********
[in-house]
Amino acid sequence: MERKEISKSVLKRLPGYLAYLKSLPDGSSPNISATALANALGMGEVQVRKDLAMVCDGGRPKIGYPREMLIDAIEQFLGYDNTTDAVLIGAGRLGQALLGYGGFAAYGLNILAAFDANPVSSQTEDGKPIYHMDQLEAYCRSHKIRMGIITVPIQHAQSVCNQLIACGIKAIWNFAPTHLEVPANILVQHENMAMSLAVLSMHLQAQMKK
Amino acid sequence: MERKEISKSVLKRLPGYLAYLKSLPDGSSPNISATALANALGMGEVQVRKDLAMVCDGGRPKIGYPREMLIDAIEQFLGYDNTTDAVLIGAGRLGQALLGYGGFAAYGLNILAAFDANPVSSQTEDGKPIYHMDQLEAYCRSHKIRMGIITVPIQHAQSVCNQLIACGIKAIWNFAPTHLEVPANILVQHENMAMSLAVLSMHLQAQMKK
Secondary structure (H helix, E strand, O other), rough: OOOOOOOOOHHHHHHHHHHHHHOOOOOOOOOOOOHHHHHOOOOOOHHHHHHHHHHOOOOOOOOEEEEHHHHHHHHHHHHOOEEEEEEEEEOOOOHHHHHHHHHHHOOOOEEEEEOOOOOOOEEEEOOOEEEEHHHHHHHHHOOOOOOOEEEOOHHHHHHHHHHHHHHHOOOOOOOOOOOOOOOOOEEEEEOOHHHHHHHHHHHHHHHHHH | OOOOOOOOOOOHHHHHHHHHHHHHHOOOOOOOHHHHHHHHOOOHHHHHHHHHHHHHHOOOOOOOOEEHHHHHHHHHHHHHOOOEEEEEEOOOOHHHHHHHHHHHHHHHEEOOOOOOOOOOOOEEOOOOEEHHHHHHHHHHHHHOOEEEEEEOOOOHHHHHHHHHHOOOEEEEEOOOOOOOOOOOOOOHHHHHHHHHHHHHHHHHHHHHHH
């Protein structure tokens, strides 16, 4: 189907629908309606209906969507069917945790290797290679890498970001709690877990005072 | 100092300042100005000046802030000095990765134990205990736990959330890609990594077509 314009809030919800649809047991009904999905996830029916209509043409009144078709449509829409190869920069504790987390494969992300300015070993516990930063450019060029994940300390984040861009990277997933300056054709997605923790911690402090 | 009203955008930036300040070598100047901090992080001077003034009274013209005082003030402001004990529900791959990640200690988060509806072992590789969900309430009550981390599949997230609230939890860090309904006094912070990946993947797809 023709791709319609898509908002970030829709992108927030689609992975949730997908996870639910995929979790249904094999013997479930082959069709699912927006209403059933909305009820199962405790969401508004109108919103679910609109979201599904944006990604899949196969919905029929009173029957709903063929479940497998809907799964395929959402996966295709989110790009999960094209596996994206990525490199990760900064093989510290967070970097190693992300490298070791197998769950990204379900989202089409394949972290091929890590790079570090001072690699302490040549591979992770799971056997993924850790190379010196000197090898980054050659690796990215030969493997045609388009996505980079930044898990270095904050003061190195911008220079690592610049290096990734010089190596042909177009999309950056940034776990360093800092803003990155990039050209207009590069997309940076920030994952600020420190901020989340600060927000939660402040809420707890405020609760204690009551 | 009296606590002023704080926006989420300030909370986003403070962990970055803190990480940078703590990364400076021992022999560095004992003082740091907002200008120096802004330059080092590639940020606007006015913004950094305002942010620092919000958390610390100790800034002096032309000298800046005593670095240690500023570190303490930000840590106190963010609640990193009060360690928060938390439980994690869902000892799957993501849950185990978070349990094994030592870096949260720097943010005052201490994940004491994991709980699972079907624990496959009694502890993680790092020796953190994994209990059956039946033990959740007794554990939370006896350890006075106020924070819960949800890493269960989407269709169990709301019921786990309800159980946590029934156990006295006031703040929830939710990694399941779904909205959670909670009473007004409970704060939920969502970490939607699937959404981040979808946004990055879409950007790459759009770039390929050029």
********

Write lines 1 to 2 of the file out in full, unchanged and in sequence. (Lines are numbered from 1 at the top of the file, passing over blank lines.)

[in-house]
Amino acid sequence: MERKEISKSVLKRLPGYLAYLKSLPDGSSPNISATALANALGMGEVQVRKDLAMVCDGGRPKIGYPREMLIDAIEQFLGYDNTTDAVLIGAGRLGQALLGYGGFAAYGLNILAAFDANPVSSQTEDGKPIYHMDQLEAYCRSHKIRMGIITVPIQHAQSVCNQLIACGIKAIWNFAPTHLEVPANILVQHENMAMSLAVLSMHLQAQMKK